Tuesday 19 August 2014

1/3000th WW2 Naval - From box to table

1/3000 WW2 Naval - From box to table

After the success of the last (and first) From Box to Table blog, which got half as much again in reads as my previous most popular post, I thought I would continue with the idea as its clearly useful for some of you guys and gals to see how I do stuff and hopefully get some ideas for your own painting. I started reading other blogs to get ideas, if I can pass on ideas to others then that's great.

A British destroyer finished with the method described below
This post covers 1/3000 Naval, which has consistently been the least popular (usually half the normal numbers of reads) so probably not the best way to increase my follower numbers but its what was next in the production list. I have used this method for years, I used to paint 1/6000 Figurehead ships for Hallmark so that the owner had a stock of painted stuff to sell at shows so I can safely say I have done thousands of ships this way over the years, its mostly technique rather than skill even Mrs Yarkshire has been known to paint a bit of sea in her time.

So lets introduce our two "models" for this blog, both from www.skytrex.com HMS Hood (4 turrets to your right) and HMS Renown. First job is to clean up the metal casting and glue it to a base, I use artist mounting board. Stage two is to create a textured sea base, I use polyfilla or similar straight from the pot, I use a knife to form the filler with a bow wave at the front of the model and a flat tag space at the rear. It takes a while to get this right at first but you soon get the hang of it, of course the smaller 1/6000 stuff come with a pre cast textured sea base.

All paints are Vallejo unless otherwise stated.

After leaving overnight for the filler to dry I use the trusty Matt Black Halfords spray primer to undercoat the whole thing, then I paint the whole of the sea area with Miniature Paints Navy Blue, you can see with the black undercoat there is already some shading going on.

Next up is the painting of the sea, on the left the first stage, this is a heavy dry brush ( ie I don't remove that much paint off before dragging the brush across the surface) with 930 Dark Blue followed by a lighter dry brush of 904 Dark Blue Grey on the right.

Two views of the sea finishing stages, HMS Hood at the back in the top photo and to the left above has had a light dry brush of 820 Off White on the whole of the base. HMS Renown has then had the sea base finished by me painting the bow waves and prop wake in Off White, I also apply an extra spot of dry brush down the side of the ship where it would disturb the water. While the white paint is out I hand paint the ships name on the rear of the base.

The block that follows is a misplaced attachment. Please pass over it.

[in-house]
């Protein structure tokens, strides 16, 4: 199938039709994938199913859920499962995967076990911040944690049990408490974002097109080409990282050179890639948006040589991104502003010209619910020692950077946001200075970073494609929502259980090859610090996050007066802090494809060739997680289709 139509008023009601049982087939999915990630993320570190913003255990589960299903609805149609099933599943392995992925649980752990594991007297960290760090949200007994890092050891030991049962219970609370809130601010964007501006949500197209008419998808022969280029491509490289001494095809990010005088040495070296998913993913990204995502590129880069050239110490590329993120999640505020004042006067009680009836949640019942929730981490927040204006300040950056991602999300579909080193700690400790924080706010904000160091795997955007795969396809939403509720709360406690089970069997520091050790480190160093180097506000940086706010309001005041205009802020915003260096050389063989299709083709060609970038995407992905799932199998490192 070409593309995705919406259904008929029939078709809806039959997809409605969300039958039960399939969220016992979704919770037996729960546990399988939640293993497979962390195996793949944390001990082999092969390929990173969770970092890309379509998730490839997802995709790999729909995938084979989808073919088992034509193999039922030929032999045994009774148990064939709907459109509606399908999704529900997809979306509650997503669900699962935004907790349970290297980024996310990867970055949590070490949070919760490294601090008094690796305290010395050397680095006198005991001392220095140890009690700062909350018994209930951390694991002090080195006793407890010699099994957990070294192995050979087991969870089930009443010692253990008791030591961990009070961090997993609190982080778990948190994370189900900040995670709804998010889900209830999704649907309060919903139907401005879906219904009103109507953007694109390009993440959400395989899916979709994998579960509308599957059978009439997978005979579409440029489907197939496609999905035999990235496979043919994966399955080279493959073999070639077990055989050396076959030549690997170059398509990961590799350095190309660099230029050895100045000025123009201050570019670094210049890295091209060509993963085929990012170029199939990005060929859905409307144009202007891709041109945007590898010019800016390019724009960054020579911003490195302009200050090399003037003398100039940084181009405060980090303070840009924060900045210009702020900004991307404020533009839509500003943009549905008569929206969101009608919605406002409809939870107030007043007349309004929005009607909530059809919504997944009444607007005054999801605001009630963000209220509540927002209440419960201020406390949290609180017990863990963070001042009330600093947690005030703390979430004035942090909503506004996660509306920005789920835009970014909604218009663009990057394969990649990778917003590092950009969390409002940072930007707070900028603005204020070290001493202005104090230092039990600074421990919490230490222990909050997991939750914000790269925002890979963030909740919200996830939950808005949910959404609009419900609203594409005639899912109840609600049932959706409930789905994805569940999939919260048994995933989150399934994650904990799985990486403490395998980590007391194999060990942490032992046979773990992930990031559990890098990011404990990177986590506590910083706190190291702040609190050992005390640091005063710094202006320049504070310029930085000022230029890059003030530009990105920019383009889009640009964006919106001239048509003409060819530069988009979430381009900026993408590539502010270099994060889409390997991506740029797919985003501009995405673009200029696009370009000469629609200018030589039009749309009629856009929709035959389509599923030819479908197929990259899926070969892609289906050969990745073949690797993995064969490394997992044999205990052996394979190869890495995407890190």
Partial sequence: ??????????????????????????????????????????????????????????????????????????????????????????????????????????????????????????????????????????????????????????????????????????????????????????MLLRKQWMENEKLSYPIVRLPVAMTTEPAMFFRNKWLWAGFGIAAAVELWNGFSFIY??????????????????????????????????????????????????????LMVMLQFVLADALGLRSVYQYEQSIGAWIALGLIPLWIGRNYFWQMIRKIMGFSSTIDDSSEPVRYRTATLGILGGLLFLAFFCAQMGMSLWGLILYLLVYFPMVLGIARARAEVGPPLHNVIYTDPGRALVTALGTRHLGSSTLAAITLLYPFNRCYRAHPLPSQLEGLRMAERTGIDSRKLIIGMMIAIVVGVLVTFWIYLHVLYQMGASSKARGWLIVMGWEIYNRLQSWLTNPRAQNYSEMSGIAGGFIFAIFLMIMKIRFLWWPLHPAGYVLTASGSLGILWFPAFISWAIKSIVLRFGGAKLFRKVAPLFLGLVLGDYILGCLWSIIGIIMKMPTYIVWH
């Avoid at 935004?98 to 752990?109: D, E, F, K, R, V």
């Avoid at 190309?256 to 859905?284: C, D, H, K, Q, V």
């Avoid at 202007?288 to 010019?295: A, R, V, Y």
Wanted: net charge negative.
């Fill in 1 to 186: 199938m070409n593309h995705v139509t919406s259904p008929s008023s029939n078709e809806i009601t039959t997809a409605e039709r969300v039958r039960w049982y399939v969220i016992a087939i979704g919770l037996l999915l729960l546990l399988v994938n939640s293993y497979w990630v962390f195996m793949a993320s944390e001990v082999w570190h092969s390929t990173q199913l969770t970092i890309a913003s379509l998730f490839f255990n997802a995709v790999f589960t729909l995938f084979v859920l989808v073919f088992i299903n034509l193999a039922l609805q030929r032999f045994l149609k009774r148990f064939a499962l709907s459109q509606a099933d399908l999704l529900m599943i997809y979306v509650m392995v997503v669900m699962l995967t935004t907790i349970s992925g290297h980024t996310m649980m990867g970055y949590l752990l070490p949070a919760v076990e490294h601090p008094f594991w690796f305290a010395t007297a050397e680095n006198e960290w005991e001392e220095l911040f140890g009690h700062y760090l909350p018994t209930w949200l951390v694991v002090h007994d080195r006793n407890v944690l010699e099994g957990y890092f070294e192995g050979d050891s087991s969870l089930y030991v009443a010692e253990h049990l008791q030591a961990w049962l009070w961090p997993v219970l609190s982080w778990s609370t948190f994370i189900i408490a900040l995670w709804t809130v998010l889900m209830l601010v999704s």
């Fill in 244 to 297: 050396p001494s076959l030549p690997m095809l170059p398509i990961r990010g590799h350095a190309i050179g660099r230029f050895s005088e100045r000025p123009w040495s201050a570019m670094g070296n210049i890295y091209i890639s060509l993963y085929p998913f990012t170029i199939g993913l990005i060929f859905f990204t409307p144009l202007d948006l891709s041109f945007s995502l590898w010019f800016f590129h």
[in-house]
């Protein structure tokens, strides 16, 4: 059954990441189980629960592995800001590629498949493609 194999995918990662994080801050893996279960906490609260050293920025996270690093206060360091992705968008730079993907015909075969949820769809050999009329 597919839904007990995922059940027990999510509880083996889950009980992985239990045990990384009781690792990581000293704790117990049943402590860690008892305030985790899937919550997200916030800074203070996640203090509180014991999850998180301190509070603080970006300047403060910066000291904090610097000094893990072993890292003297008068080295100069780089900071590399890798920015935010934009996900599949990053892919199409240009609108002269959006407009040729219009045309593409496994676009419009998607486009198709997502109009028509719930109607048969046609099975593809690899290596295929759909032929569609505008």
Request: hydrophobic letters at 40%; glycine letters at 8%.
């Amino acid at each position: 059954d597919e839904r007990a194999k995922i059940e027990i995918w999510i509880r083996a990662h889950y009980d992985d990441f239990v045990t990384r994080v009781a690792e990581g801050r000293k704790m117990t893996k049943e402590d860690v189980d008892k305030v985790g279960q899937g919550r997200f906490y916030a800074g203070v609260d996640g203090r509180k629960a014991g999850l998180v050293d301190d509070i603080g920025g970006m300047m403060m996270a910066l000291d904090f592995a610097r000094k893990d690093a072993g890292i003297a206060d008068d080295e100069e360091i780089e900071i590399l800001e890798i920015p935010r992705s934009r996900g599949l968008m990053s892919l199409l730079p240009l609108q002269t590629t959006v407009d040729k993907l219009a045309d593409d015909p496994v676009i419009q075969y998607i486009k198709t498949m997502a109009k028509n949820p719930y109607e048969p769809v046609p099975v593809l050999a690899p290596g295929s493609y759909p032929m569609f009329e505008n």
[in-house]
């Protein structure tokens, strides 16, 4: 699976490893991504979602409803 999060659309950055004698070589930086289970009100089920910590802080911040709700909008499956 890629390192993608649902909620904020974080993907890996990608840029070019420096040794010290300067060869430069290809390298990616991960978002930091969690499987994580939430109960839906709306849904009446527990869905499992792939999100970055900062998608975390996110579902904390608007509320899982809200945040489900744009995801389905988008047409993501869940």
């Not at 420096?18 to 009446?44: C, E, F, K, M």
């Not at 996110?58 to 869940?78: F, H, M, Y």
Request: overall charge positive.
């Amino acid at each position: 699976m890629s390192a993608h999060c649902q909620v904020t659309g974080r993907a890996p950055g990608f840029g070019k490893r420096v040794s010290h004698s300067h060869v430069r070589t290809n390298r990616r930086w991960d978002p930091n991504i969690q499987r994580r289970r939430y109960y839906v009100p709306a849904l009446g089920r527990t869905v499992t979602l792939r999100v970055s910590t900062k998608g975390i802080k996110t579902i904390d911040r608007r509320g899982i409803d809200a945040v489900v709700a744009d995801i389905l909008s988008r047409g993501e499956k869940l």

The sea painting can be as messy as you like, a bit of blue paint on the ship is no problem at all, in fact a build up of filler around the bow painted white really gives the feeling of the ship cutting through the water at speed. The next stage painting the ship its base colour is one of the few stages that needs a bit of accuracy and patience (the other being the deck painting). Renown (now named so you can see it) has had a base coat of 992 Neutral Grey applied along the belt and all over the superstructure, Hood shows the next stage where the Neutral Grey has been dry brushed with 990 Light Grey.

Hood shows the next stage, she has been lightly dry brushed with 820 Off White and the Renown has had its deck painted 912 Tan Yellow.

These are two shots of the "finished" ships ready for the table, an ink wash of Army Painters Strong Tone ink on the decks, Lifeboats highlighted white and funnel tops black.

A final splash of "dazzle" camo on Renown, Hood was sunk painted grey and has been left as she was on the day she was lost.

Hopefully that is a useful guide to getting your ships on the table, each Nationality had their own colour schemes and little quirks, the above book (if you can find it) gives a lot of detail, however these days a google search brings up most things.

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